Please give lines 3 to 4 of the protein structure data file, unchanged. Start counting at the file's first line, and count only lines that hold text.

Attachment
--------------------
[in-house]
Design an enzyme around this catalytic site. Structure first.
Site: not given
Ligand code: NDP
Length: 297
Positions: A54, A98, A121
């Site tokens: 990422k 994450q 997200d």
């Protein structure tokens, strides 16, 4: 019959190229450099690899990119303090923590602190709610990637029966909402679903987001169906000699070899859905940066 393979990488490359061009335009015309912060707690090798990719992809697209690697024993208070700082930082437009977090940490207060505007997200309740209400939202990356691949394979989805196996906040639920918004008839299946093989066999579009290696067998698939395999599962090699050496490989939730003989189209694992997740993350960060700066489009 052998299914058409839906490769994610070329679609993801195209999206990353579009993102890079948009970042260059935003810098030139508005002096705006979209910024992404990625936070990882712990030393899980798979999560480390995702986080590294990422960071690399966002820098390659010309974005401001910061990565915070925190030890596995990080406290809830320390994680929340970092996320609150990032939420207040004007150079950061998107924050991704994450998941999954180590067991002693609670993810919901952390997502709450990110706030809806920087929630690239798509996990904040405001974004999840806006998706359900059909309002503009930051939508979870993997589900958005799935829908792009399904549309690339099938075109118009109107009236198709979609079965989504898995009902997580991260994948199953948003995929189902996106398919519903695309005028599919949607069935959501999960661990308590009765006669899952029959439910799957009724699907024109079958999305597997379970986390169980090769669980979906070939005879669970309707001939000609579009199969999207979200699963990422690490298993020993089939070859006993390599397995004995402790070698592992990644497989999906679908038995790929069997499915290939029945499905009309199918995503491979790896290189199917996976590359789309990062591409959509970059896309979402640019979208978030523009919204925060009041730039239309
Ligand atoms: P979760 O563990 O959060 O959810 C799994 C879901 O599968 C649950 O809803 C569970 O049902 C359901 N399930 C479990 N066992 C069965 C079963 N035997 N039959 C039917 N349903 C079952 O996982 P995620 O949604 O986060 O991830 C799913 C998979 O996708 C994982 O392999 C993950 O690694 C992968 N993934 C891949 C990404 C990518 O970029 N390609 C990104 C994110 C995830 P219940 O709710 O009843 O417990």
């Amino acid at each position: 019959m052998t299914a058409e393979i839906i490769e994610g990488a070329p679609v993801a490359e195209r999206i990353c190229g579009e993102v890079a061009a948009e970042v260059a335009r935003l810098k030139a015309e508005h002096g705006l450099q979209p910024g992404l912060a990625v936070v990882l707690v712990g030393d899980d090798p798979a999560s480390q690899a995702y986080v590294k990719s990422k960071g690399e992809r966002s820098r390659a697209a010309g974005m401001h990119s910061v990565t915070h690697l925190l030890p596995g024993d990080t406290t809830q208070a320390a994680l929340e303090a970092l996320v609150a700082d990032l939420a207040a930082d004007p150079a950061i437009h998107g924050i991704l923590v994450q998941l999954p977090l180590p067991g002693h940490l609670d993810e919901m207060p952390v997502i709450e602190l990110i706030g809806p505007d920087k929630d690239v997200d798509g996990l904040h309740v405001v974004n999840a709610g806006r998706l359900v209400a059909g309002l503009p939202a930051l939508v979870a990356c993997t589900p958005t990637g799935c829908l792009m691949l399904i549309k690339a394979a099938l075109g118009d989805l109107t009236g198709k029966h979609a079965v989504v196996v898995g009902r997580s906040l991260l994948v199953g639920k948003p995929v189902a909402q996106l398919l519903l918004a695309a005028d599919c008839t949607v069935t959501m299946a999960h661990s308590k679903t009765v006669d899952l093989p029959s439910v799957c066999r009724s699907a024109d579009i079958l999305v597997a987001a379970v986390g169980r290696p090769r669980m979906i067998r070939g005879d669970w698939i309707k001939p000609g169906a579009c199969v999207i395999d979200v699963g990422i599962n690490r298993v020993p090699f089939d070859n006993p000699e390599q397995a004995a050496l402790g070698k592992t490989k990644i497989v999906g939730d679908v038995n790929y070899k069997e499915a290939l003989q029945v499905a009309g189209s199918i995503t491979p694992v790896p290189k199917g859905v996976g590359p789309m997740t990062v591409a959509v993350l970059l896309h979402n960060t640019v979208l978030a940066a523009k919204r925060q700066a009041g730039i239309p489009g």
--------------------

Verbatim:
Site: not given
Ligand code: NDP